I’m half Sri-Lankan so loving Sri-Lankan food is a given…and the greens that my grandmother (Archchi) cooks are an all round favourite of mine. So I was very excited to be able to learn how to make this variation which uses a leaf called Mallum. I’d not heard of it before but it’s known in Sri-Lanka to be very nutritious. I also tried a Mallum salad and Mallum style porridge (very green but tasty).
I’m going to try making this dish at home with Swiss chard because that’s what I have growing in my garden. Here’s my great aunt showing us how to do it, in her kitchen in Sri-Lanka.
What are your favourite curry recipes? Have you been to Sri-Lanka, I’d love to know.
Breakfast….it’s one of my favourite meals of the day, and even more so when I’m in Sri-Lanka.
I’m half Sri-Lankan and so I have a special love for this teardop shaped island in the sun. We visit regularly as we have lots of family and also work with Young Hope – a charity that supports children orphaned post tsunami and the civil war.
One of the best bits about visiting Sri-Lanka for me has to be the food. I am a true food-a-holic. Good food makes me happy. Tasty, healthy food is even better. Sri-Lankan cuisine can be great for hitting that food spot for me.
In the UK breakfast can be a bit of a dull affair, lots of toast and cereal. Over in Sri-Lanka it’s a whole different story…. think tropical fruit, Hoppers – special pancakes that are crispy on the outside and soft in the middle, string hoopers – rice noodles shaped in a round design, omelettes, kiri-bath – coconut rice and many varieties of rice and curry. Yup that’s right, rice and curry for breakfast. I love to embrace all of this and actually rice and curry for brekkie is pretty good. My personal preference is for lentils with a fish curry served with a spoon of chilli hot sambol…..and it’s all wheat free, yay!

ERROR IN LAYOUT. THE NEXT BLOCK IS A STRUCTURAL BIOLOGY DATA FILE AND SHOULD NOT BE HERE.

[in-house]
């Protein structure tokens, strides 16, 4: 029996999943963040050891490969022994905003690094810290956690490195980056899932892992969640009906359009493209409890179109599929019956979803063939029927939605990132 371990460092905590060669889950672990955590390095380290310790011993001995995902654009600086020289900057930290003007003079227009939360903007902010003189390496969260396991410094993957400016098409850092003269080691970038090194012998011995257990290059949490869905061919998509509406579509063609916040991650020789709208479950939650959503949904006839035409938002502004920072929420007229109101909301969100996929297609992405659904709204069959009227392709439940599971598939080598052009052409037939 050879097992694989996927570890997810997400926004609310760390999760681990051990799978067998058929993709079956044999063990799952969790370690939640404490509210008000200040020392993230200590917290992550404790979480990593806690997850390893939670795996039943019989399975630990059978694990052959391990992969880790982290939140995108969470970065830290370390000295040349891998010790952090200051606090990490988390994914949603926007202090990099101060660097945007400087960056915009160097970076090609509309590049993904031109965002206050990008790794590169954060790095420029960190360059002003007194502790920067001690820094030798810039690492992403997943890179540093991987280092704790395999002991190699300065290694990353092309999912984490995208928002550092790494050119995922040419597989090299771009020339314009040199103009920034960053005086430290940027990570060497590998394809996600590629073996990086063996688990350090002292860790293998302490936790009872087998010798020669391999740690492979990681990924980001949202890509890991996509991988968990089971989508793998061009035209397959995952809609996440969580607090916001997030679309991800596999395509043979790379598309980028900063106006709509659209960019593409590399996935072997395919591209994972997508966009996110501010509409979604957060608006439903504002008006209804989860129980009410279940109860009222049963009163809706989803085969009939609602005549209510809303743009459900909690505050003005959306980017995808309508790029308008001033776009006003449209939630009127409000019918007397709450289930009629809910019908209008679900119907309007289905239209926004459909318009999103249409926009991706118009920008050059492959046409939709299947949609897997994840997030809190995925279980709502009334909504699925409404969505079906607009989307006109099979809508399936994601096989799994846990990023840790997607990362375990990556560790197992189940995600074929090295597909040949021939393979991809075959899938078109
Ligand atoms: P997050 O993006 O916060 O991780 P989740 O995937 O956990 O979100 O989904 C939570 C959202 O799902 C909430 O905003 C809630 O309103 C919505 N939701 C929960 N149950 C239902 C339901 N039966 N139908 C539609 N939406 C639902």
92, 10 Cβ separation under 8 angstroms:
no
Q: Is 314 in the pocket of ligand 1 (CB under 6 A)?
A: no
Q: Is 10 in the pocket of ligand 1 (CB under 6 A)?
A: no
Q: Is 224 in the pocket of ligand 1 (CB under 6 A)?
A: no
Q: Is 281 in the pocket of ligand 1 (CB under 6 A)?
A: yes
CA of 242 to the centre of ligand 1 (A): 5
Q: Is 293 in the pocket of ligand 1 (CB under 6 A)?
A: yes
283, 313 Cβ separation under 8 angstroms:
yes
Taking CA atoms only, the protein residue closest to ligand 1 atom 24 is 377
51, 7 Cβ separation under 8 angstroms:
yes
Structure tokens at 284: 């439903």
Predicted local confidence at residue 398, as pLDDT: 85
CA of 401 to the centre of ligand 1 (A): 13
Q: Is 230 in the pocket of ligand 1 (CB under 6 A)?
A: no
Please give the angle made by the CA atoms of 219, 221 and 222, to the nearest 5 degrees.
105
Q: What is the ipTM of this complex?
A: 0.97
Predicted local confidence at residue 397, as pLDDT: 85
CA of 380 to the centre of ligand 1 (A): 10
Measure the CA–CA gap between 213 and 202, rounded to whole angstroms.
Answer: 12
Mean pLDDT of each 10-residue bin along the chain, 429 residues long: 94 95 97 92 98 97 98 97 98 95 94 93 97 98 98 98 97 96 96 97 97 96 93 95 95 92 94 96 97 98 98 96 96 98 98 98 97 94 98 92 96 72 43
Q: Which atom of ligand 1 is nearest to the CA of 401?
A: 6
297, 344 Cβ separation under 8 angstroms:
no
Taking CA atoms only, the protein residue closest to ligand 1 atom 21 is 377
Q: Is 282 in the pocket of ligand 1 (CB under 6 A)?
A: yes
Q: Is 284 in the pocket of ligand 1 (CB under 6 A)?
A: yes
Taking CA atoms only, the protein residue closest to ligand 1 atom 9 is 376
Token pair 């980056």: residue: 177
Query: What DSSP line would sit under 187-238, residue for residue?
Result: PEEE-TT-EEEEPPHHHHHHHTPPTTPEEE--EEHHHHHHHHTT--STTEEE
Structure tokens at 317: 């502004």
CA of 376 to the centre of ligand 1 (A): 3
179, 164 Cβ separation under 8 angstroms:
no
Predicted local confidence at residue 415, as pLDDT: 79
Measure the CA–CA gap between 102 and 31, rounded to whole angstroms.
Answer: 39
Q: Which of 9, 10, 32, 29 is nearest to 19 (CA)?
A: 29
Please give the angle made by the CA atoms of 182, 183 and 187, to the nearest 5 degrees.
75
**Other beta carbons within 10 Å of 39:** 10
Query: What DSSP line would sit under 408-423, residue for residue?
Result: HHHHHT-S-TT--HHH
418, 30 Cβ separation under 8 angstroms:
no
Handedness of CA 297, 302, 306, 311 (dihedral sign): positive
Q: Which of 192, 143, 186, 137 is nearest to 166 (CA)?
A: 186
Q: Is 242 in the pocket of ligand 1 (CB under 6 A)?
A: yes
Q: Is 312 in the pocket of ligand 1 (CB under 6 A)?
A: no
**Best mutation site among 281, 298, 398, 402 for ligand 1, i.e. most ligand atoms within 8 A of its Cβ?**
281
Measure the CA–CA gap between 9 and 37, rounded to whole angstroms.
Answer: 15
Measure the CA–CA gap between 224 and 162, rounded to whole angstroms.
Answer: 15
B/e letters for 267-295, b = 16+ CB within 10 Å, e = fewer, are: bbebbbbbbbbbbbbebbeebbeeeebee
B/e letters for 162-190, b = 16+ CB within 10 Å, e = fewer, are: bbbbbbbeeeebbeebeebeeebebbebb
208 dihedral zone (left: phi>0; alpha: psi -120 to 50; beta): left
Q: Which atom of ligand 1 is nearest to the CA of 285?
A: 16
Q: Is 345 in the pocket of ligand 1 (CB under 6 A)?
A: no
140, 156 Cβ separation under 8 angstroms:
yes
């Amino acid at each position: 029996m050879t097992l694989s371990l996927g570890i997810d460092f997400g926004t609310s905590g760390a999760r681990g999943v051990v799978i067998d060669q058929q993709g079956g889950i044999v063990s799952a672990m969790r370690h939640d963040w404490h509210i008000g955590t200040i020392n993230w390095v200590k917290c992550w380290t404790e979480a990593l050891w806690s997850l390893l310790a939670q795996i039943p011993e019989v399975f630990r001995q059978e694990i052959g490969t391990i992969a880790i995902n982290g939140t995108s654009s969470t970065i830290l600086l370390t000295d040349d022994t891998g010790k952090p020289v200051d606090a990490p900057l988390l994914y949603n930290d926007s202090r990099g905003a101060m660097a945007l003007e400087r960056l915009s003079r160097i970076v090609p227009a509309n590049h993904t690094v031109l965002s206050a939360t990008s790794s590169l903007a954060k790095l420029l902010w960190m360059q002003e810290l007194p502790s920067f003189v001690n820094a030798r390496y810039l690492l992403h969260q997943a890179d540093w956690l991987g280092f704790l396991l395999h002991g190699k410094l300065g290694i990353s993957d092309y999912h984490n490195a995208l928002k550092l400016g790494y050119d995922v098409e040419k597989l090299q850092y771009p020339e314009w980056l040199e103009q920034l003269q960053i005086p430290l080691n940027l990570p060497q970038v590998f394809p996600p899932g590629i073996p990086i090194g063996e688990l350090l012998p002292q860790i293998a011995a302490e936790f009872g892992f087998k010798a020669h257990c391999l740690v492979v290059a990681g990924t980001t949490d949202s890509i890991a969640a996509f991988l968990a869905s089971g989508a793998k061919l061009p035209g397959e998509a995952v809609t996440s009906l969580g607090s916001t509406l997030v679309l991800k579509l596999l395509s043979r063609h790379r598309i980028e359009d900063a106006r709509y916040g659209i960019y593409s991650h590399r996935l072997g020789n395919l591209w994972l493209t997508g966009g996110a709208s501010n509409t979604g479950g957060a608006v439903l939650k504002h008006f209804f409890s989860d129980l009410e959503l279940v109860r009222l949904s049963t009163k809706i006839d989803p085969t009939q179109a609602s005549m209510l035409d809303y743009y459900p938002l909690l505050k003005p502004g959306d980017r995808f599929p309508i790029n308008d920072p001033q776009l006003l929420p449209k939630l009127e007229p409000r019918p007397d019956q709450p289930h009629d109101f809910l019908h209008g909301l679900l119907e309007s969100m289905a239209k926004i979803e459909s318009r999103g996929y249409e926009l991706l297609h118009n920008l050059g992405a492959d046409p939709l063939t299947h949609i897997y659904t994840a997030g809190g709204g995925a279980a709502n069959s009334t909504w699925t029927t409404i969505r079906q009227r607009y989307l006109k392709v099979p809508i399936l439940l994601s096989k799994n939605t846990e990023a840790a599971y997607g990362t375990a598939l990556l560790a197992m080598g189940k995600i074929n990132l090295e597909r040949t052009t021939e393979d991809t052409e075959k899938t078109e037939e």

What’s the strangest thing you’ve had for breakfast?
We’ve had a right plum glut this year, after making much plum jam I decided something else was needed. We love a good chutney….along with cheese, fresh salads and maybe a little wine. For me a chutney needs to be thick, fragrant and a bit spicey, so here is my take on a chutney recipe, inspired by my Sri-Lankan roots. I’ve added in some spices from the Spice Isle.
It took me flipping ages to make, but having tasted it I can say it was well worth it. A labour of love to make and a labour of love to eat.
Sri-Lanka Plum Chutney Recipe:
1 kg plums – halved and destoned
2 large cooking apples peeled and chopped
2 large onions finely chopped
4 garlic cloves crushed
250g dried prunes
500g brown sugar
1 cinnamon stick
1 heaped tsp mixed spice
1 tsp ground cardomom
1/2 tsp groound cloves
1/4 tsp cayenne pepper
575ml malt vinegar
Chop, destone and crush all the ingredients – it’s a lot of prep but put on some music and dance whilst you do it 😉
Place in a large pan and bring to the boil.
Reduce to a simmer and cook for 2 hrs or until thick enough to leave a trail when you run a wooden spoon through it. Be warned, the chutney will thicken a bit more once you put it in jars.
Keep stirring occasionally as it simmers.
Taste before potting up, add extra cayenne if wanted.
Pour into sterilised jars and seal. This will improve over time and keep for at least a year.
Freelance Dietitian specialising in helping those with Eating Disorders and a Media Spokesperson for the profession.